Twitter customer service interactions have recently emerged as an effective platform to respond and engage with customers. In this work, we explore the role of ”negation” in customer service interactions, particularly applied to sentiment analysis. We define rules to identify true negation cues and scope more suited to conversational data than existing general review data. Using semantic knowledge and syntactic structure from constituency parse trees, we propose an algorithm for scope detection that performs comparable to state of the art BiLSTM. We further investigate the results of negation scope detection for the sentiment prediction task on customer service conversation data using both a traditional SVM and a Neural Network. We propose an antonym dictionary based method for negation applied to a combination CNN-LSTM for sentiment analysis. Experimental results show that the antonym-based method outperforms the previous lexicon-based and Neural Network methods.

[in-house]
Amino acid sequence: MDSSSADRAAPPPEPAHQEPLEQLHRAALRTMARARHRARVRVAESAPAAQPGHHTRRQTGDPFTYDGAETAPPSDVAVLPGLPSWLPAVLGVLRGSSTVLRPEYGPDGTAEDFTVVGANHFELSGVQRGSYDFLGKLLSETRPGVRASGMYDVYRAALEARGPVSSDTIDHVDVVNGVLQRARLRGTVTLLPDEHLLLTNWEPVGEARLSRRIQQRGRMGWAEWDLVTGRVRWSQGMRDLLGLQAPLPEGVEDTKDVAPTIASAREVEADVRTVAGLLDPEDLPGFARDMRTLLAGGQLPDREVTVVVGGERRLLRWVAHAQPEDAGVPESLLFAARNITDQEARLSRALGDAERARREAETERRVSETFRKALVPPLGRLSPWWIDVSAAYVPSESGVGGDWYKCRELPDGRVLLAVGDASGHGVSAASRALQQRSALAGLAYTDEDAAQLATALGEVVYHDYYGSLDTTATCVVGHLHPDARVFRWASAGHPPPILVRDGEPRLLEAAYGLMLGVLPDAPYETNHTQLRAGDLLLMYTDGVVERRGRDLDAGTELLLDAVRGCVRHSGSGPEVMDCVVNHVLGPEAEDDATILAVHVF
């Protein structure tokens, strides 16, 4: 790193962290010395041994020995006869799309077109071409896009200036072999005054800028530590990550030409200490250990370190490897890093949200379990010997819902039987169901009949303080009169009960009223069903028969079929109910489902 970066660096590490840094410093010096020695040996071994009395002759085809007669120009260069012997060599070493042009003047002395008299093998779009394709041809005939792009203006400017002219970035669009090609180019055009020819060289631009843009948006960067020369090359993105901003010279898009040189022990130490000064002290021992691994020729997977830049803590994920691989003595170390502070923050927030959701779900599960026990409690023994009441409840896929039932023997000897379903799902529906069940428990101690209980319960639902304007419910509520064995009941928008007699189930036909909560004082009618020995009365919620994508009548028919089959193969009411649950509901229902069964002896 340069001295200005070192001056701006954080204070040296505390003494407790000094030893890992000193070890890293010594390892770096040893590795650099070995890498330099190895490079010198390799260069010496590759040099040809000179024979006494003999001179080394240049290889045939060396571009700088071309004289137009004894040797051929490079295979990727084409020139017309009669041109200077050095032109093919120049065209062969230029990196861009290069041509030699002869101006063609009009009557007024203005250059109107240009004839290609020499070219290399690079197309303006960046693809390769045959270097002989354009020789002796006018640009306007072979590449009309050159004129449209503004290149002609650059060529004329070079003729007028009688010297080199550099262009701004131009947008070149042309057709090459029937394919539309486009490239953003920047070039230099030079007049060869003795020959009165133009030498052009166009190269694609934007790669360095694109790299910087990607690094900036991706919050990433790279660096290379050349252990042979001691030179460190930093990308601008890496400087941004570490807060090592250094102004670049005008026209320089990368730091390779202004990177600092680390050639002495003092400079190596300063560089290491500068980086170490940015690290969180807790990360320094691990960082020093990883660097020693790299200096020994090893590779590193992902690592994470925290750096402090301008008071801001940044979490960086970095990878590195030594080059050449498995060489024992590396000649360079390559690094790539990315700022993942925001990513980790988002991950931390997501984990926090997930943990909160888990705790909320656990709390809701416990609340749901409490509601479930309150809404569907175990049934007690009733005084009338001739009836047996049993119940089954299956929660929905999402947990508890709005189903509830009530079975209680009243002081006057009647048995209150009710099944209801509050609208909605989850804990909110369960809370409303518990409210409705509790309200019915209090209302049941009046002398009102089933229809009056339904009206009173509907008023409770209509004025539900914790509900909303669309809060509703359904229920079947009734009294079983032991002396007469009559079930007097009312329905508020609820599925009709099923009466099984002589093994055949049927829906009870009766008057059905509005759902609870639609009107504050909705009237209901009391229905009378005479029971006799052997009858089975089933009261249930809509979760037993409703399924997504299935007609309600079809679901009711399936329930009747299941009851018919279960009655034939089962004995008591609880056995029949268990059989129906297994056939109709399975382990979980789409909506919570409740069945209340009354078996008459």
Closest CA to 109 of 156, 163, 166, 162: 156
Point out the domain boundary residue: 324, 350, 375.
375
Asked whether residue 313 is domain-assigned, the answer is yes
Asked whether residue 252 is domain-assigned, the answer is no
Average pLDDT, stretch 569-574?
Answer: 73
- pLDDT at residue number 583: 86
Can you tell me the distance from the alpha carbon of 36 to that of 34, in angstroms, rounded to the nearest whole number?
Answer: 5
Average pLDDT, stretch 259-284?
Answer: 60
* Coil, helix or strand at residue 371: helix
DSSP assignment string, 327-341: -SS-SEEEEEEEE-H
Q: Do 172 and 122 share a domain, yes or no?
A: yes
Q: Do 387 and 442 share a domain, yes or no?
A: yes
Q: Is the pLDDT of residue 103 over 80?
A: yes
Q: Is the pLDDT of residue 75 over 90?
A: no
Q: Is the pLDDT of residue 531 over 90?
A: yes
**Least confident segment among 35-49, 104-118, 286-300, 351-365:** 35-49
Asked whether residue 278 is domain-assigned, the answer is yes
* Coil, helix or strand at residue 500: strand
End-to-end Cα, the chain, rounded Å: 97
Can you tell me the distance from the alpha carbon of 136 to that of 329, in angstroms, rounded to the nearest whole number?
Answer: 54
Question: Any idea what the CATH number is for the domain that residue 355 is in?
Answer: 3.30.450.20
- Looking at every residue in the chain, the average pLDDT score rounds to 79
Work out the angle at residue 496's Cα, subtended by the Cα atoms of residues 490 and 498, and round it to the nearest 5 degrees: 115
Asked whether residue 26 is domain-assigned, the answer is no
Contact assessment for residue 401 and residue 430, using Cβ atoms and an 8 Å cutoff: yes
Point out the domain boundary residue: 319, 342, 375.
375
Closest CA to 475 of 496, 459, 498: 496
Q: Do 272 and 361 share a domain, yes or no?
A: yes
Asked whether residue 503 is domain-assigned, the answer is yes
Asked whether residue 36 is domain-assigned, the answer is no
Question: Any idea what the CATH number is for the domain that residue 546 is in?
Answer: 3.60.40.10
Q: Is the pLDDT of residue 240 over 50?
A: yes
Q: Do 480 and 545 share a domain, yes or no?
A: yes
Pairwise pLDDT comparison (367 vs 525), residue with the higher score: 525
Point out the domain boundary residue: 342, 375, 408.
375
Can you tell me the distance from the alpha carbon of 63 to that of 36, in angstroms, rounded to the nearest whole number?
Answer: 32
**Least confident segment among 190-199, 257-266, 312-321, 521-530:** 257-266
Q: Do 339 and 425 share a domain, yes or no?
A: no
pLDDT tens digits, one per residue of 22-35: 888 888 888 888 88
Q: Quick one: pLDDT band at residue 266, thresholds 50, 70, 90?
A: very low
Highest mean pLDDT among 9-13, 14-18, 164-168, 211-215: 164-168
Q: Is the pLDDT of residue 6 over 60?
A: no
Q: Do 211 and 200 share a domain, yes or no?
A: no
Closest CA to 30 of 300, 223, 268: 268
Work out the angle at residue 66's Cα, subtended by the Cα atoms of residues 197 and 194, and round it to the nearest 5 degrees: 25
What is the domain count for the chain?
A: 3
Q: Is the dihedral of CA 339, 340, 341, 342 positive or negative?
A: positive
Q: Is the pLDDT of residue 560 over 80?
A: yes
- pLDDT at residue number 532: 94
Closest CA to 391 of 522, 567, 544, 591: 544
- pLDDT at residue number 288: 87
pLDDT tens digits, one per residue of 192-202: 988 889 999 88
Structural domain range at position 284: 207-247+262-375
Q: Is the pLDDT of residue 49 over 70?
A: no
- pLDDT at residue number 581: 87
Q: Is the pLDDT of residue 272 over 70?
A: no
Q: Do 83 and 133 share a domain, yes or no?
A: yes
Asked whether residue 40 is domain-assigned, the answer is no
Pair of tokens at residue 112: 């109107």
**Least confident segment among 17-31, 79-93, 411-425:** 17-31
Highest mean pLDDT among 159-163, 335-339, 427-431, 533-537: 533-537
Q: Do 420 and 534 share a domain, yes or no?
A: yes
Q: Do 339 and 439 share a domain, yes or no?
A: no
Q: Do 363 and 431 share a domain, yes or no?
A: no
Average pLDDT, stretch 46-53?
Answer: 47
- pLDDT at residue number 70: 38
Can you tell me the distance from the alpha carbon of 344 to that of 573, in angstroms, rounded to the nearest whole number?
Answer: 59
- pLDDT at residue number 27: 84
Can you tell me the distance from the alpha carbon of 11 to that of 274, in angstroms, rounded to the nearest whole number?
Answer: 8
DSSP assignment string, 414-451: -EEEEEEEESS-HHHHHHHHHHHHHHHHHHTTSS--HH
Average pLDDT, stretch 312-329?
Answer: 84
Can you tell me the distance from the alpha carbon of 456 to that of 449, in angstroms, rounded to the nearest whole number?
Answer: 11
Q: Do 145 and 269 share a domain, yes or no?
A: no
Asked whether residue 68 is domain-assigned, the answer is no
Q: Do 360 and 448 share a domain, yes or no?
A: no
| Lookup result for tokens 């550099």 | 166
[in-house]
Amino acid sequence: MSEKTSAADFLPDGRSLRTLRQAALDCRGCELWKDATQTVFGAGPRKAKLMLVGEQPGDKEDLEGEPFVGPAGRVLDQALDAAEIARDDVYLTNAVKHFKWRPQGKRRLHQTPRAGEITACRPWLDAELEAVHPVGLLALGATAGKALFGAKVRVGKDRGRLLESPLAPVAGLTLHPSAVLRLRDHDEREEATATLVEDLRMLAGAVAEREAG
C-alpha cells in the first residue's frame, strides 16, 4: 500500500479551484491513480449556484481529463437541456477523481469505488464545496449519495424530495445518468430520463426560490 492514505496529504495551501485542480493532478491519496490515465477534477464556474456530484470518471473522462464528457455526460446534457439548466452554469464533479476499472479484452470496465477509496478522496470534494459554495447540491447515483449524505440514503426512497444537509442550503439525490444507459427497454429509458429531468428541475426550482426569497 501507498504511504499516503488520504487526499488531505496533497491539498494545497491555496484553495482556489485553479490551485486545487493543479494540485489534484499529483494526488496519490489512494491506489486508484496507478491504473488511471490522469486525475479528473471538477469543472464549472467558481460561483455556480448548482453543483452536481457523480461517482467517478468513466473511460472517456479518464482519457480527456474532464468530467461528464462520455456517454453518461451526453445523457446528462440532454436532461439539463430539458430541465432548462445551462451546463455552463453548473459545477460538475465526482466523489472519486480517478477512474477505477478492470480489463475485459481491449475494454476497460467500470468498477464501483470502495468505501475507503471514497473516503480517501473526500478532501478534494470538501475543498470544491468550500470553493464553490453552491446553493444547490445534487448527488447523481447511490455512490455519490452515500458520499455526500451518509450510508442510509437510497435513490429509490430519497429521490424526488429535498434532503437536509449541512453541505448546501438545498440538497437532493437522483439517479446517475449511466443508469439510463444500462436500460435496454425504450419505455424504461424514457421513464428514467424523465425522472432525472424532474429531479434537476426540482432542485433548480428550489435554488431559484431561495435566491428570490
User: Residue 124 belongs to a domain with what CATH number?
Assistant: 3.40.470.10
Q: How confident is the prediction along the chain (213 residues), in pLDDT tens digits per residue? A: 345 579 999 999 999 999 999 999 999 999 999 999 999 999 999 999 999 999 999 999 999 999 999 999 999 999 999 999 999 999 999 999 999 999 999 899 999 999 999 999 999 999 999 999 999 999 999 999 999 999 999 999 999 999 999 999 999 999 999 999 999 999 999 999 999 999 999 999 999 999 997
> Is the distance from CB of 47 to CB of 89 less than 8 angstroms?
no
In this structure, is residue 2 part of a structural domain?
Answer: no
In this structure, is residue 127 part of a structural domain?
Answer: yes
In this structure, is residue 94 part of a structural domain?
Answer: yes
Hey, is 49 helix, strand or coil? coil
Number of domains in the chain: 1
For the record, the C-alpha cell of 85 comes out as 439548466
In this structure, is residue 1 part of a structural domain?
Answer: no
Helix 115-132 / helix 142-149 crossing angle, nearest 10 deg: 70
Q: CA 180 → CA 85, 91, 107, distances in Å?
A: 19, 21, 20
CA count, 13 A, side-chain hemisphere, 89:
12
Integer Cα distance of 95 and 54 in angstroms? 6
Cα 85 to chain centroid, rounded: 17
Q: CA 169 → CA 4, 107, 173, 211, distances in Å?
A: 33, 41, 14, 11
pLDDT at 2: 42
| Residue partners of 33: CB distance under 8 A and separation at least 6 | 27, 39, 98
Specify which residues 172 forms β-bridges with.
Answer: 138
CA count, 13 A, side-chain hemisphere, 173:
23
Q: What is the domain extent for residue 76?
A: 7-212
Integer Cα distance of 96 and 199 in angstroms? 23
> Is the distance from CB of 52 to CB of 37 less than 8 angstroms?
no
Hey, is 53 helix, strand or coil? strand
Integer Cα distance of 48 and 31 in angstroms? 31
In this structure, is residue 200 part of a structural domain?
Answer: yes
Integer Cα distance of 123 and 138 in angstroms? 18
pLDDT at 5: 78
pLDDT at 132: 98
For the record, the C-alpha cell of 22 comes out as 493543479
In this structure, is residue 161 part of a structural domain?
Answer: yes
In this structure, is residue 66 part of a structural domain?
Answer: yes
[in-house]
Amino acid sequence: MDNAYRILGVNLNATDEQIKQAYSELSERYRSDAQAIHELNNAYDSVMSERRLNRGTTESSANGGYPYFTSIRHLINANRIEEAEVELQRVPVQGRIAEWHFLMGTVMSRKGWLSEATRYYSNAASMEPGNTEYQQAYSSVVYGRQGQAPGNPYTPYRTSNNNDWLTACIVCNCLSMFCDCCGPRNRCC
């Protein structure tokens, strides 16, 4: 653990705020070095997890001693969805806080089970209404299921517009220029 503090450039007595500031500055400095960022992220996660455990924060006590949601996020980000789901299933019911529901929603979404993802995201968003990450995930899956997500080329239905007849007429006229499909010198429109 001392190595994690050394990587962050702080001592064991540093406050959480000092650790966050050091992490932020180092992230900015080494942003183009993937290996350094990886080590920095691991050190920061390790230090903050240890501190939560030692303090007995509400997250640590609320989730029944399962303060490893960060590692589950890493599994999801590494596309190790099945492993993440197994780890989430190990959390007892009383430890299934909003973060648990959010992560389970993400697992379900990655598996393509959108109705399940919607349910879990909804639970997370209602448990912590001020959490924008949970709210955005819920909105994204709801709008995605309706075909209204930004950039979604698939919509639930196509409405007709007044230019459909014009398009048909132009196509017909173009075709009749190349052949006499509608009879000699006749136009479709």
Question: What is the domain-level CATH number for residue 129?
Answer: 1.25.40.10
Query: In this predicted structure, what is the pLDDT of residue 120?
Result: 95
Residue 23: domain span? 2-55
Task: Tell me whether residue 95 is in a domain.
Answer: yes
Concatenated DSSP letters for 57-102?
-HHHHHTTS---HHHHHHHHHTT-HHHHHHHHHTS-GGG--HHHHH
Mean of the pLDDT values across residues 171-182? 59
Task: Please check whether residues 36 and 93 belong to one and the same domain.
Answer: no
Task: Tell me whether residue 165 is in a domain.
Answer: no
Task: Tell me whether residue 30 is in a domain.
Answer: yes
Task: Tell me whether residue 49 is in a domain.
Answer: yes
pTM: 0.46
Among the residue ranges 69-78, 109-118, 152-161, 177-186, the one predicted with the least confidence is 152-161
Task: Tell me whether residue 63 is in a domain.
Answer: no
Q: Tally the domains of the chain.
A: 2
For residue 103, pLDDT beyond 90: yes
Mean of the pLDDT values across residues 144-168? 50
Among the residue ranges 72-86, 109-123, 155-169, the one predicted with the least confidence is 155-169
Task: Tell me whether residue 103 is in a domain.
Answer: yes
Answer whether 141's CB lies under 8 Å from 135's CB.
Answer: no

SlugNERDS: A Named Entity Recognition Tool for Open Domain Dialogue Systems
Kevin Bowden | Jiaqi Wu | Shereen Oraby | Amita Misra | Marilyn Walker
Proceedings of the Eleventh International Conference on Language Resources and Evaluation (LREC 2018)


Are you serious?: Rhetorical Questions and Sarcasm in Social Media Dialog
Shereen Oraby | Vrindavan Harrison | Amita Misra | Ellen Riloff | Marilyn Walker
Proceedings of the 18th Annual SIGdial Meeting on Discourse and Dialogue